Finally, natural law arguments tend to weaken the Law because too often Christian try make the law do more than it can. I see this I the argument that biblical marriage will make our nation stronger and in the false promises that come, especially, from groups like “Restored Hope Network” that promise orientation change to those who are faithful and committed. Neither of these ideas are expressed in the Bible. Yet they then to pop up in one way or another in natural law arguments. Partly, I believe that this is an offshoot of the triumphalist view of the Church present in much of western Christianity. Somehow faith will help you organize your finances (even though Christ Himself once recommended giving all ones possessions away) and strengthen your marriage and family (even though Christ said faith would turn father against son and son against father). Christian principles are supposed to help you lose weight, overcome depression and, if not cure cancer, at least help you breeze through the chemotherapy without distress. Partly this view is also a logical result of natural law. If, indeed, homosexuality is not natural and heterosexual is, why then it only stands to reason that overcoming homosexual desires and cultivating heterosexual ones will lead to a healthier and happier life. But, Christ Himself does not promise anything on this earth but a cross. There is no promise anywhere in the Bible of wealth or health or straightness – either for the individual or for a nation. It just does not exist. There is no promise that life will be better just because we believe. In fact, for many early believers, life became significantly harder and shorter because of their faith. All kids today need to do is to look around them to realize that promises that God will “fix” a person's sexuality just don't work. The doubt created when young people see such a disconnect between what the Church promises and what is actually delivered can easily extend beyond questions of sexuality and cause them to doubt Christianity itself.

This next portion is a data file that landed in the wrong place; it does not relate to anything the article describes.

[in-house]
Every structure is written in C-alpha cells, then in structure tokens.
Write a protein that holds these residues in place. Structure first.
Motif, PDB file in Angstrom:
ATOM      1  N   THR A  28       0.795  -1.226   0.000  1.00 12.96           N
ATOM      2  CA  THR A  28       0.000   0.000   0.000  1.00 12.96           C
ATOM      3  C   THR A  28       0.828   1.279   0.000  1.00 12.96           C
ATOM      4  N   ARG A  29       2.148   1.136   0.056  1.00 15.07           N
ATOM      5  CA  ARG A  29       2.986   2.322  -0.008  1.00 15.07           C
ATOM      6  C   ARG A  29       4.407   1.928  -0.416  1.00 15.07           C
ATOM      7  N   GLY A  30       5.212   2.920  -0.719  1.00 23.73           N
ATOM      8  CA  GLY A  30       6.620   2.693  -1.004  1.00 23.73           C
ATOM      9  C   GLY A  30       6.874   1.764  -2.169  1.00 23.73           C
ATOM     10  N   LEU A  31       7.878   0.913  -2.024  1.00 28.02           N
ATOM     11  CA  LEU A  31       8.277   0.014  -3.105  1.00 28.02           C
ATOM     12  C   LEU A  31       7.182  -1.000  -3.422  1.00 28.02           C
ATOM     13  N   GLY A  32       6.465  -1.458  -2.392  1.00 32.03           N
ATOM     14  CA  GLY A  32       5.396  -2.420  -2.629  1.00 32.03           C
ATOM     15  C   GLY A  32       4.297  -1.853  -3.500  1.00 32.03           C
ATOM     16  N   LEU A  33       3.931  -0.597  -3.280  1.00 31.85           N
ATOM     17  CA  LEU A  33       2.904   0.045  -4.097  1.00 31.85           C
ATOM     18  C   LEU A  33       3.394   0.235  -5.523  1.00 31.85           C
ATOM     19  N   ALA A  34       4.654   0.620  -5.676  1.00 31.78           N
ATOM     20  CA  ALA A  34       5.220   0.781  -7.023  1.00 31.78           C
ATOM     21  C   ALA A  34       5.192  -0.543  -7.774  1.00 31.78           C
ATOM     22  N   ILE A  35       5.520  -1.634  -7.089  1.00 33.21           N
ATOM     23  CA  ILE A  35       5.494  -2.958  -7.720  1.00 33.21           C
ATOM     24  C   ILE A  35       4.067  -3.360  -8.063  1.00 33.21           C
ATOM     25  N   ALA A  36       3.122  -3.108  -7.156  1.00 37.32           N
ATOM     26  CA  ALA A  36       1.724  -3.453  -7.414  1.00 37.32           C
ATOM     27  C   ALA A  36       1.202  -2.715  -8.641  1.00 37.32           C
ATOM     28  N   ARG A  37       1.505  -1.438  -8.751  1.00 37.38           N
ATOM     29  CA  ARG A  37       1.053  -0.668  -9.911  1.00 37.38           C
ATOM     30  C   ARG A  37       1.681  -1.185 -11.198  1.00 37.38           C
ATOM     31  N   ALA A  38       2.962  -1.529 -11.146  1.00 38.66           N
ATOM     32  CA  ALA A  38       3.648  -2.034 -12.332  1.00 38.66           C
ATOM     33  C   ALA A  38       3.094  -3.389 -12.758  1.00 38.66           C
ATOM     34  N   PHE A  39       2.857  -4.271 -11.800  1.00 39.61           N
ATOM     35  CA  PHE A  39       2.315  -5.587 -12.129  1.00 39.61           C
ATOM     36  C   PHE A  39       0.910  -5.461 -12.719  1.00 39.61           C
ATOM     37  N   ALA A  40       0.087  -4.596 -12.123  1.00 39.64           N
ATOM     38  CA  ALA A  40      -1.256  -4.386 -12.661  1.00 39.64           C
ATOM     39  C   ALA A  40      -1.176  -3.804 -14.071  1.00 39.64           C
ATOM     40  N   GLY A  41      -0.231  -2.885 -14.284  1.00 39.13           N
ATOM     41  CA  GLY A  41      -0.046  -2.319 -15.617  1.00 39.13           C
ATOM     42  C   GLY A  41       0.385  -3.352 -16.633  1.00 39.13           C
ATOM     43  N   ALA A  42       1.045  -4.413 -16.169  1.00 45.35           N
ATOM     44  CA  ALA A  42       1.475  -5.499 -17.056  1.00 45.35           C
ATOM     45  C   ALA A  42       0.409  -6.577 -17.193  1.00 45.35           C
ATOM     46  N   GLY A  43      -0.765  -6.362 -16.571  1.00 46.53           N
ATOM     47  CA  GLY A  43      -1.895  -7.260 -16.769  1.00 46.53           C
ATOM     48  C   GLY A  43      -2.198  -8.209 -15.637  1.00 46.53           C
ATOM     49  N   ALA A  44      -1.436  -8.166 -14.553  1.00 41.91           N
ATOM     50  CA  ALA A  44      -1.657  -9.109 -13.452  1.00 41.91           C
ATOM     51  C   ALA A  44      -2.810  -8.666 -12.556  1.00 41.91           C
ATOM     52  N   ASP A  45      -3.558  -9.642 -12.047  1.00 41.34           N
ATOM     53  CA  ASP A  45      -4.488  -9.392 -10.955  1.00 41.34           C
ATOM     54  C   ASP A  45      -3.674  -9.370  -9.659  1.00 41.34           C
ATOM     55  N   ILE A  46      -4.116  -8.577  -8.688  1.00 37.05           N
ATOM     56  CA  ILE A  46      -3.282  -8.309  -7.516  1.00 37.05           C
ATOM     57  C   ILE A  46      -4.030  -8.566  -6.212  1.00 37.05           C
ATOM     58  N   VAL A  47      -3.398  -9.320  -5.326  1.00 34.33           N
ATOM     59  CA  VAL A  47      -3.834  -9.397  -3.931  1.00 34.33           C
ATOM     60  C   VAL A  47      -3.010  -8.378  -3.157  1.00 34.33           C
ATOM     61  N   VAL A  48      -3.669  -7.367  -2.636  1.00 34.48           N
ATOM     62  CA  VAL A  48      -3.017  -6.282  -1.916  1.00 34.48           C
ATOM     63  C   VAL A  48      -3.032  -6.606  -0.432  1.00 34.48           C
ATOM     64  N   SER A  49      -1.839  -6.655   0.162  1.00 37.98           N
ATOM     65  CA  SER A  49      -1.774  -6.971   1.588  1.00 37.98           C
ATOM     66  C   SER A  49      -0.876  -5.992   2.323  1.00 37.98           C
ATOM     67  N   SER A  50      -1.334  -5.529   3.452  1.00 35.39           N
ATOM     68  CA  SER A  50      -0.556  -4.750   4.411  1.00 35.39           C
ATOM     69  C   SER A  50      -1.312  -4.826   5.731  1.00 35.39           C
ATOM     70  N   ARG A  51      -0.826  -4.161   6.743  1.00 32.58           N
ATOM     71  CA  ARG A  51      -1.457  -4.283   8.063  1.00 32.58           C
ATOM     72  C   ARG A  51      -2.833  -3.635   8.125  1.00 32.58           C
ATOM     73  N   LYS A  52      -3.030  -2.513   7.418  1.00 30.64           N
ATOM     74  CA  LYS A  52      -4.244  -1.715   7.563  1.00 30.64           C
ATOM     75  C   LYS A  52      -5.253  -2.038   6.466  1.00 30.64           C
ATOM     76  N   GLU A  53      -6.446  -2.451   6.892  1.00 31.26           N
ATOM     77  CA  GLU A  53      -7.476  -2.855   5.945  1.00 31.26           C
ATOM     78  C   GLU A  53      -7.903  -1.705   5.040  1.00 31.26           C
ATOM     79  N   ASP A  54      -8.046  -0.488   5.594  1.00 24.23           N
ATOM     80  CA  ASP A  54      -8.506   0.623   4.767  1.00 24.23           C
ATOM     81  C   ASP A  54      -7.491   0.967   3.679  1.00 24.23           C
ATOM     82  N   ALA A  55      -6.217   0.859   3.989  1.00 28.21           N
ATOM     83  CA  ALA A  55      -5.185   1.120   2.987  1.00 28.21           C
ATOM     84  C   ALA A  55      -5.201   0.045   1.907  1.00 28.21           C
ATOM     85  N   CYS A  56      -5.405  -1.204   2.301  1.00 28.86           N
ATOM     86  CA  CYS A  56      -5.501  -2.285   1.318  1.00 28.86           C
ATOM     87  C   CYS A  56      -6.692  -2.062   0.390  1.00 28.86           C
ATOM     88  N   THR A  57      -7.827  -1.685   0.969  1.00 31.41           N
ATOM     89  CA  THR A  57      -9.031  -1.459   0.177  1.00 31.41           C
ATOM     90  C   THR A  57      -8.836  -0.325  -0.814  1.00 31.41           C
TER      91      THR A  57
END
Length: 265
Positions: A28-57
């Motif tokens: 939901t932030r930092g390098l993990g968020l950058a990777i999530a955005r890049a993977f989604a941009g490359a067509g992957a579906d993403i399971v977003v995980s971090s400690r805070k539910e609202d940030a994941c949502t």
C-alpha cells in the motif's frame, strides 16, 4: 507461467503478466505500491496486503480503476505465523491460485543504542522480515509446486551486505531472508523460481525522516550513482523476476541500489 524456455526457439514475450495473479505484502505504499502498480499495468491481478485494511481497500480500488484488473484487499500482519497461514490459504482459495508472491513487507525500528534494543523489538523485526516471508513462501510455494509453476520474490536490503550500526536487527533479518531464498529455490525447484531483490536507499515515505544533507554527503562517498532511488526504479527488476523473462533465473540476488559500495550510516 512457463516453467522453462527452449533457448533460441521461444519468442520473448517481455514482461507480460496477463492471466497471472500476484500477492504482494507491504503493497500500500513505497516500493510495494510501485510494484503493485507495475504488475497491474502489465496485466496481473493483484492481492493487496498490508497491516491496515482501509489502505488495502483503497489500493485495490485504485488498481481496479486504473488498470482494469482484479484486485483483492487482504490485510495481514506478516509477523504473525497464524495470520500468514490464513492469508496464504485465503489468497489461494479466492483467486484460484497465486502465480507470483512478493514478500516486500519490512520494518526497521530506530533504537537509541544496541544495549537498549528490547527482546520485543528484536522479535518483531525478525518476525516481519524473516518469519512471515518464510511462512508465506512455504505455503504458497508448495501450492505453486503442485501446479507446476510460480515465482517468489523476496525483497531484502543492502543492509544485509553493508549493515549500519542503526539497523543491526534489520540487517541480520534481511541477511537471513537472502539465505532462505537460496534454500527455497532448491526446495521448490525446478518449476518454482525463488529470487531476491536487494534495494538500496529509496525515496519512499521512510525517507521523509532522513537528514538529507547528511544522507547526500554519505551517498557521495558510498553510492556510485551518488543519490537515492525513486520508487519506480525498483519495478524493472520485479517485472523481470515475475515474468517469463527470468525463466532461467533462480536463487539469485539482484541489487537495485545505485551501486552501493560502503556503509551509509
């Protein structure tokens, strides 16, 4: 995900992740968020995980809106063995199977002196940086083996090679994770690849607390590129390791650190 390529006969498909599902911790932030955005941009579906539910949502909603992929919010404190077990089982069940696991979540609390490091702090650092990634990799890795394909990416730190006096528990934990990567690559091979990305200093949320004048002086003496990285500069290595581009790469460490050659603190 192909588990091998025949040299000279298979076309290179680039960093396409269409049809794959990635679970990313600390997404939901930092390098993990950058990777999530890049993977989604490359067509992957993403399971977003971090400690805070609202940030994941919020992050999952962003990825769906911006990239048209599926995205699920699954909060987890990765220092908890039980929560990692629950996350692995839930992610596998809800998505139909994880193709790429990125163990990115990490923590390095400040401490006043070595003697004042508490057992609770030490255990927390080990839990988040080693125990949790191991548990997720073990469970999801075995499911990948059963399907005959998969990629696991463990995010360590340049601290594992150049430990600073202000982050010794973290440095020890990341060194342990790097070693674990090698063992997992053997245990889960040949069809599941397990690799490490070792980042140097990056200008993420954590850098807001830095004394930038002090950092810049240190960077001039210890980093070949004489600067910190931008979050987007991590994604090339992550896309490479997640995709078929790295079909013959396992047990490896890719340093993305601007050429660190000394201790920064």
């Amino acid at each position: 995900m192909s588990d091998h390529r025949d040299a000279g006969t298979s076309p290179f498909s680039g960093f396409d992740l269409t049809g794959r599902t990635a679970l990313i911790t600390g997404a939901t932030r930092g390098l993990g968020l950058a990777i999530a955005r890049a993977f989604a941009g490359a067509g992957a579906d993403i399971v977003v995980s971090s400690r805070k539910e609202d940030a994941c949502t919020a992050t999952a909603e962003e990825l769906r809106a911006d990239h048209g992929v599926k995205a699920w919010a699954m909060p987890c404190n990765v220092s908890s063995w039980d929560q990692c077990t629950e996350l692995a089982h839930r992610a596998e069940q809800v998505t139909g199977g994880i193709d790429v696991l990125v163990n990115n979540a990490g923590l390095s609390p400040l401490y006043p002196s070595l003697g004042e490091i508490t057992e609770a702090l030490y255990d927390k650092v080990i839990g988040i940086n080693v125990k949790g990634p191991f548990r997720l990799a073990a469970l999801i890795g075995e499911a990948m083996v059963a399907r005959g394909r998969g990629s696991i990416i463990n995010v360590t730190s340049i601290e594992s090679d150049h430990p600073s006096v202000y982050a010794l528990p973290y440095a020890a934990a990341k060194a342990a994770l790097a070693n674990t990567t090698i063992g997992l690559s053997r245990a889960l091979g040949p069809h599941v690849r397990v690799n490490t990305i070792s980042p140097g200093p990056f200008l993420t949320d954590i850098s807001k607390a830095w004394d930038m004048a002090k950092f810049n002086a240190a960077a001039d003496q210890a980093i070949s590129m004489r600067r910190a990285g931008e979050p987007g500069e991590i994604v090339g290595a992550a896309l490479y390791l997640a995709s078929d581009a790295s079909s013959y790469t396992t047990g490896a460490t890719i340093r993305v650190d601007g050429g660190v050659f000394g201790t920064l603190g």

Overall, attempting natural law arguments mostly conveys to people that Christians interpret the passages of the Bible the way they do because they are repulsed by gay people. Dropping natural law arguments allows us to say, “I don't know why God says this but here is the process I used in my interpretation and the steps I went through that led to the conclusion that God does indeed forbid sex between two people of the same sex.” It allows the Bible to be the foundation which forms our moral decisions rather than making some kind of “ick factor” against homosexuality an influence toward our reading of Scripture.
And, perhaps these are the reasons why I have never met nor heard of one single person being persuaded toward a biblical view of sex by natural law. It just doesn't happen. Natural law does not work and simply weakens the proclamation of the Law. On the other hand I know of many who came to faith in Christ, then looked closely at Scripture and drew the conclusion that God's law forbid same sex intercourse, and were willing to go to extraordinary lengths and pay a heavy price in order to be obedient.
Yes, the Law as given by Scripture is a glorious thing and is foundational to ministry. But let's not weaken the very foundation upon which we built by accepting human efforts in the place of the divine, human arguments in the place of simple scriptural revelation.